- January 5, 2021
Inspirational leaders are few and far apart. When they emerge, they shine like beacons of hope, reminding us that there is still tremendous good within us. These are the leaders who live on long after they are dead. Thomas Isidore Noël Sankara was one such leader.
Sankara was the president of Burkina Faso from 1983 to 1987. During his 4 year tenure, he transformed Burkina Faso into a food-sufficient country, eliminated corruption, and enforced educational reforms among a raft of other measures aimed at improving the lives of the Burkinabe. But his tenure was short-lived. On the night of October 15 1987, Sankara was assassinated in a coup that was plotted by his deputy president Blaise Compaore – also his best friend.
Even from the grave, Thomas Sankara continues to inspire. He partly inspired the 2014 Burkinabe revolution that brought his usurper down. Today, he is a pillar of Pan-Africanism, a role model for African Masculinity, and a symbol of hope. What leadership lessons can we learn from Thomas Sankara?
First, know thyself. Self-identity is very important to succeed as a leader. It grounds you and gives you direction.
One of the first things Thomas Sankara did when he took power was to change the country from Upper Volta to Burkina Faso. Upper Volta was the French colonial name for the territory north of Ivory Coast. It did not reflect the identity of the locals. For Sankara, it was more than just a name change. It indicated a rejection of France’s heavy-handed influence in the region.
What Sankara (and every other great leader) knew was that to succeed you must accept and own who you are. The leader cannot afford to be riding on the coattails of another. If you must ride with others, it must be on your own terms and it must help you to reach your goals.
Have a vision bigger than yourself
A vision is crucial for one to lead effectively. It is the highest ideals to which you aspire. Your vision is what attracts others to you. And when challenges abound, your vision is what will give you the fortitude to pick yourself up from the ground when you have crashed and burned – and go at it again.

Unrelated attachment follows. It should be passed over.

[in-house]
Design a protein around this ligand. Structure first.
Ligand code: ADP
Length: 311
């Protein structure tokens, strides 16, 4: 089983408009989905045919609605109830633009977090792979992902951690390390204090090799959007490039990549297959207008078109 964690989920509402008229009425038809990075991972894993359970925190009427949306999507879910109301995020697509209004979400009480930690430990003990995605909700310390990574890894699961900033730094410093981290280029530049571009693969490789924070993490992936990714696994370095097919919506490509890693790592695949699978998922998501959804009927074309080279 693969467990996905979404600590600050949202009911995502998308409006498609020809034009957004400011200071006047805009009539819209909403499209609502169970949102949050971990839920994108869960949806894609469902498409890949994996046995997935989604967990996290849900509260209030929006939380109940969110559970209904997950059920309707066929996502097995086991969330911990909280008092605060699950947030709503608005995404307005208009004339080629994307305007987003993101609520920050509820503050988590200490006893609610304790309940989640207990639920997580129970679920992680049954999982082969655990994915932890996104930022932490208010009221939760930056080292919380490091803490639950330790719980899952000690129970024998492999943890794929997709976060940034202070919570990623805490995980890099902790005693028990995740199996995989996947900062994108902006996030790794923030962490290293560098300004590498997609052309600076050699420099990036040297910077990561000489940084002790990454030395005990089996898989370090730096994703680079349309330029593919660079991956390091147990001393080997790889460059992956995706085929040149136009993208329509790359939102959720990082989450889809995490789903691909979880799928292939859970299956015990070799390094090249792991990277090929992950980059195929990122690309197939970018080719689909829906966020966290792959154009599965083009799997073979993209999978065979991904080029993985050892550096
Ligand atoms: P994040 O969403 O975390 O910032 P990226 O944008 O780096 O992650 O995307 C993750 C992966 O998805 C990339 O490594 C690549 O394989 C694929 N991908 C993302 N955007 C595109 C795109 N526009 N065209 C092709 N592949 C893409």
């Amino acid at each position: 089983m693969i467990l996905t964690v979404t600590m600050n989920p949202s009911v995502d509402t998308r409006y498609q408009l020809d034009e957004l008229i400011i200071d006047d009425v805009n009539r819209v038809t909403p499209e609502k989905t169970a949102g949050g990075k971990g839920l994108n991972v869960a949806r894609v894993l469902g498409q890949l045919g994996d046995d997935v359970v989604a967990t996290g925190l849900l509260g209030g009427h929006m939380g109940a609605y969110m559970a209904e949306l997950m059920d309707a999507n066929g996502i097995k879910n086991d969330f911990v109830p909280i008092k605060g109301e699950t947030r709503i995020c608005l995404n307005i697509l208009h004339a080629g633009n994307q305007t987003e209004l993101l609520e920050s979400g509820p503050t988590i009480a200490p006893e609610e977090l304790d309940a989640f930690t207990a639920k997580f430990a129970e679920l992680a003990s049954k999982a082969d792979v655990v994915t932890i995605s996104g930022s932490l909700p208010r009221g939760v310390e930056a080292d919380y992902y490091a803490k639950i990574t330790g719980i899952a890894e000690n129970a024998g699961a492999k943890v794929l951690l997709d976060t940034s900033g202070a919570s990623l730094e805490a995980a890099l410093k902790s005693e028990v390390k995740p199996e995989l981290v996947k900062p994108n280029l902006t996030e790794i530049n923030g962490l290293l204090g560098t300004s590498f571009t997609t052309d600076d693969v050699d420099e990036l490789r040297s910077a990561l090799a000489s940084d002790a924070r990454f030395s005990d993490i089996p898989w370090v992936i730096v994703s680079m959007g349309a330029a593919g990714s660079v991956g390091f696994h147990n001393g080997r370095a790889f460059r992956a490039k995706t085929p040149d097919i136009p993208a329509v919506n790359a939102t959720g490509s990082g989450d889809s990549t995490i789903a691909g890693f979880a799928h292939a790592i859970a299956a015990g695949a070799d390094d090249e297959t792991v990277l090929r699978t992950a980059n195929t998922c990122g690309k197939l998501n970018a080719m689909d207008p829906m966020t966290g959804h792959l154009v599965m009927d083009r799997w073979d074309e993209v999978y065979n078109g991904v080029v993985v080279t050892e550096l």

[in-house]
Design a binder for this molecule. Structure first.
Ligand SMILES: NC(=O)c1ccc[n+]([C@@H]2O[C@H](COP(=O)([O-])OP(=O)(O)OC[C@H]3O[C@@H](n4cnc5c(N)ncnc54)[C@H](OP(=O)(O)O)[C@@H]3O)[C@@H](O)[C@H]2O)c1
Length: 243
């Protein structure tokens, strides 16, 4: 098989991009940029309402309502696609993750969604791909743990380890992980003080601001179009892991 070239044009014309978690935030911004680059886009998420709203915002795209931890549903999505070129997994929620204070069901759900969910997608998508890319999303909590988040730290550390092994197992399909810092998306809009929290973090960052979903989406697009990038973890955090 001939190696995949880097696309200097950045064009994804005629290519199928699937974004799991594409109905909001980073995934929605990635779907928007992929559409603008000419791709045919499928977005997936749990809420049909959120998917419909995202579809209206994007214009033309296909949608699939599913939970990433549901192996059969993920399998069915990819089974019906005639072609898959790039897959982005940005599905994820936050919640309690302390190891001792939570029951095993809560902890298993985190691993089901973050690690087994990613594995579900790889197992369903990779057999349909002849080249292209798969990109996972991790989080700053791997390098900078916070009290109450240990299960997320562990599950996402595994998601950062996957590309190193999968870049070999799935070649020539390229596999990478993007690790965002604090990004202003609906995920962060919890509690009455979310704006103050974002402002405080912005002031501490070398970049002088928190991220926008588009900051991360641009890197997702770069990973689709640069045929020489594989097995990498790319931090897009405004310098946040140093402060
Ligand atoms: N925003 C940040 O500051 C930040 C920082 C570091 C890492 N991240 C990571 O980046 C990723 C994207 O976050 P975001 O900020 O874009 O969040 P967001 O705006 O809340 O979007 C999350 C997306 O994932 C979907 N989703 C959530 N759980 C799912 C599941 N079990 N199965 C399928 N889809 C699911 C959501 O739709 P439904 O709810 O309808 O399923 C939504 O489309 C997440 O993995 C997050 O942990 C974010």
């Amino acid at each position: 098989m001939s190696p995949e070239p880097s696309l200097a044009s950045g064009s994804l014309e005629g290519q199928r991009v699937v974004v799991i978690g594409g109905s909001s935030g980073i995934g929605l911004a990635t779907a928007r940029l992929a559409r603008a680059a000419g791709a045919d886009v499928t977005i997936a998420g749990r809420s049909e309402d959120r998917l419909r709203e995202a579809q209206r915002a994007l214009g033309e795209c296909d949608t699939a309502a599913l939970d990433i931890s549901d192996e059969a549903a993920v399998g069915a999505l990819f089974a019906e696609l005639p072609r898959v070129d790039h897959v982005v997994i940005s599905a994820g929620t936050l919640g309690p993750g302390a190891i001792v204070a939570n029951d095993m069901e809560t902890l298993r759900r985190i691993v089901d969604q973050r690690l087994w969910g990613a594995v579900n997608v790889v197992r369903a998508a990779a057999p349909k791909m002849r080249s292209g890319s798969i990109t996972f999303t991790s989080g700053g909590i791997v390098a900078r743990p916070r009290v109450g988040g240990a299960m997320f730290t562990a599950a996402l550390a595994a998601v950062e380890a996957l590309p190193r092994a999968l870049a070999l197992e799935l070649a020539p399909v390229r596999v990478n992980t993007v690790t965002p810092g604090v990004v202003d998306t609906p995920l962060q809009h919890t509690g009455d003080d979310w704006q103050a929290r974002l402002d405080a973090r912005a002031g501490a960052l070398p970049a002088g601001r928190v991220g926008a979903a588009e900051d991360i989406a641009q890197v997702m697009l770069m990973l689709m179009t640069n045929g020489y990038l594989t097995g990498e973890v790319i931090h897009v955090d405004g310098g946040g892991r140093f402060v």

Your vision is also what gives you the courage to take chances and to sacrifice. You cannot succeed without taking a few risks and sacrificing a whole lot.
Thomas Sankara was driven by his vision for a self-sufficient Burkina Faso. He wanted a country where citizens controlled their own destiny, where resources were used for the betterment of all, rather than to benefit the lucky few. In the charged Cold War climate of the time, he knew that he was putting his life in danger by rejecting the policies of the west that harmed his country. But he forged ahead anyway. He died for it, but at least he died the way he had lived his life – serving the people.
And even after he was dead, Thomas Sankara lives on in the Pan-Africanist movements he has inspired all across the continent. This is the beauty of vision. It takes on a life of its own. It owns you as much as you own it.
If you make one, make it a good one.
To lead is to do more work
Leaders are supposed to think more, communicate more, and do more. You must ask more of yourself, take responsibility for the welfare of others, and balance big-picture issues with the small details.
Thomas Sankara made it look easy. He made transforming an entire country look easy. He did it in just four years! A lot of hard work went into it, of course. No work was beneath him, and Sankara – who played in a band with his friend Compaore – actually wrote the Burkinabe national anthem. Sankara is reported to have worked harder than his ministers; he held more meetings than any of his ministers, toured more parts of the country.
To lead is to empower
An uncompromising feminist, one of Sankara’s legacies was empowering Burkina Faso’s women using the means at his disposal. He authored a book, “Women’s Liberation and the African Freedom Struggle” in an effort to drive his point home: there is no true social revolution without the liberation of women.
His government banned female genital mutilation, forced marriages and polygamy, and appointed women to high governmental positions (including his guards). He also encouraged women to work outside the home and stay in school even after getting pregnant.
During his tenure, Women’s Day was observed a little differently in Burkina Faso. On this day, men took over cooking and cleaning chores in the house and the women rested. Sankara believed that walking a day in women’s shoes would help men appreciate their women more.
The lesson: Women empowerment does not need to slow down to soothe hurt egos. It is not women who are too aggressive. It is the African man who is emasculated. We just need to bring the empowerment of the boy child to pace.
Thomas Sankara transformed Burkina Faso in four years. His recipe for success was very simple. He knew who he was, he had a vision, and he was committed to change. Even though his star was dimmed way too soon, his legacy lives on.
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